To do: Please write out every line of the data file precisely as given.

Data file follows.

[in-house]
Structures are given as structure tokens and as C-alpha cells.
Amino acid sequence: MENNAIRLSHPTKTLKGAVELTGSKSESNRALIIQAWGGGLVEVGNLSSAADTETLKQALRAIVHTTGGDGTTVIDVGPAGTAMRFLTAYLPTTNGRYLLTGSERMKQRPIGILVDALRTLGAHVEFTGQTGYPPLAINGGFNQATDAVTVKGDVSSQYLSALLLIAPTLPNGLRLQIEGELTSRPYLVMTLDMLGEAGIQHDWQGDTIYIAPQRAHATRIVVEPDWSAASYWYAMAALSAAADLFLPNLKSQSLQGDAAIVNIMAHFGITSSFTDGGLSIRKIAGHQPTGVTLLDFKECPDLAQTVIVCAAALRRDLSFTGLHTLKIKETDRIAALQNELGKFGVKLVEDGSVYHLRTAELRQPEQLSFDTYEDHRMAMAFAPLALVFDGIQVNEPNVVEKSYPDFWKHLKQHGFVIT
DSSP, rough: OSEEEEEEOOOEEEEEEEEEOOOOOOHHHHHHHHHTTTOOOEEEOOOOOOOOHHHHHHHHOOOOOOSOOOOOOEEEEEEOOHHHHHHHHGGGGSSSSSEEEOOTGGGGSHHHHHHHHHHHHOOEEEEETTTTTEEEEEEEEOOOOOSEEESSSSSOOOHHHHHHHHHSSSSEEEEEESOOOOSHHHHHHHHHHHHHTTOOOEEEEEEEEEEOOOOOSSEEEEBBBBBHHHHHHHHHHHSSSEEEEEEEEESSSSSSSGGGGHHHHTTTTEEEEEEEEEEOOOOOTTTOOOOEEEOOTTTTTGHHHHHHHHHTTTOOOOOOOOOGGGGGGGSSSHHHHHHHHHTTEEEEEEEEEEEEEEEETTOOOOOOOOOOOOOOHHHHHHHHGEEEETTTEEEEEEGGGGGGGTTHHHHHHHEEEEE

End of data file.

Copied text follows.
[in-house]
Structures are given as structure tokens and as C-alpha cells.
Amino acid sequence: MENNAIRLSHPTKTLKGAVELTGSKSESNRALIIQAWGGGLVEVGNLSSAADTETLKQALRAIVHTTGGDGTTVIDVGPAGTAMRFLTAYLPTTNGRYLLTGSERMKQRPIGILVDALRTLGAHVEFTGQTGYPPLAINGGFNQATDAVTVKGDVSSQYLSALLLIAPTLPNGLRLQIEGELTSRPYLVMTLDMLGEAGIQHDWQGDTIYIAPQRAHATRIVVEPDWSAASYWYAMAALSAAADLFLPNLKSQSLQGDAAIVNIMAHFGITSSFTDGGLSIRKIAGHQPTGVTLLDFKECPDLAQTVIVCAAALRRDLSFTGLHTLKIKETDRIAALQNELGKFGVKLVEDGSVYHLRTAELRQPEQLSFDTYEDHRMAMAFAPLALVFDGIQVNEPNVVEKSYPDFWKHLKQHGFVIT
DSSP, rough: OSEEEEEEOOOEEEEEEEEEOOOOOOHHHHHHHHHTTTOOOEEEOOOOOOOOHHHHHHHHOOOOOOSOOOOOOEEEEEEOOHHHHHHHHGGGGSSSSSEEEOOTGGGGSHHHHHHHHHHHHOOEEEEETTTTTEEEEEEEEOOOOOSEEESSSSSOOOHHHHHHHHHSSSSEEEEEESOOOOSHHHHHHHHHHHHHTTOOOEEEEEEEEEEOOOOOSSEEEEBBBBBHHHHHHHHHHHSSSEEEEEEEEESSSSSSSGGGGHHHHTTTTEEEEEEEEEEOOOOOTTTOOOOEEEOOTTTTTGHHHHHHHHHTTTOOOOOOOOOGGGGGGGSSSHHHHHHHHHTTEEEEEEEEEEEEEEEETTOOOOOOOOOOOOOOHHHHHHHHGEEEETTTEEEEEEGGGGGGGTTHHHHHHHEEEEE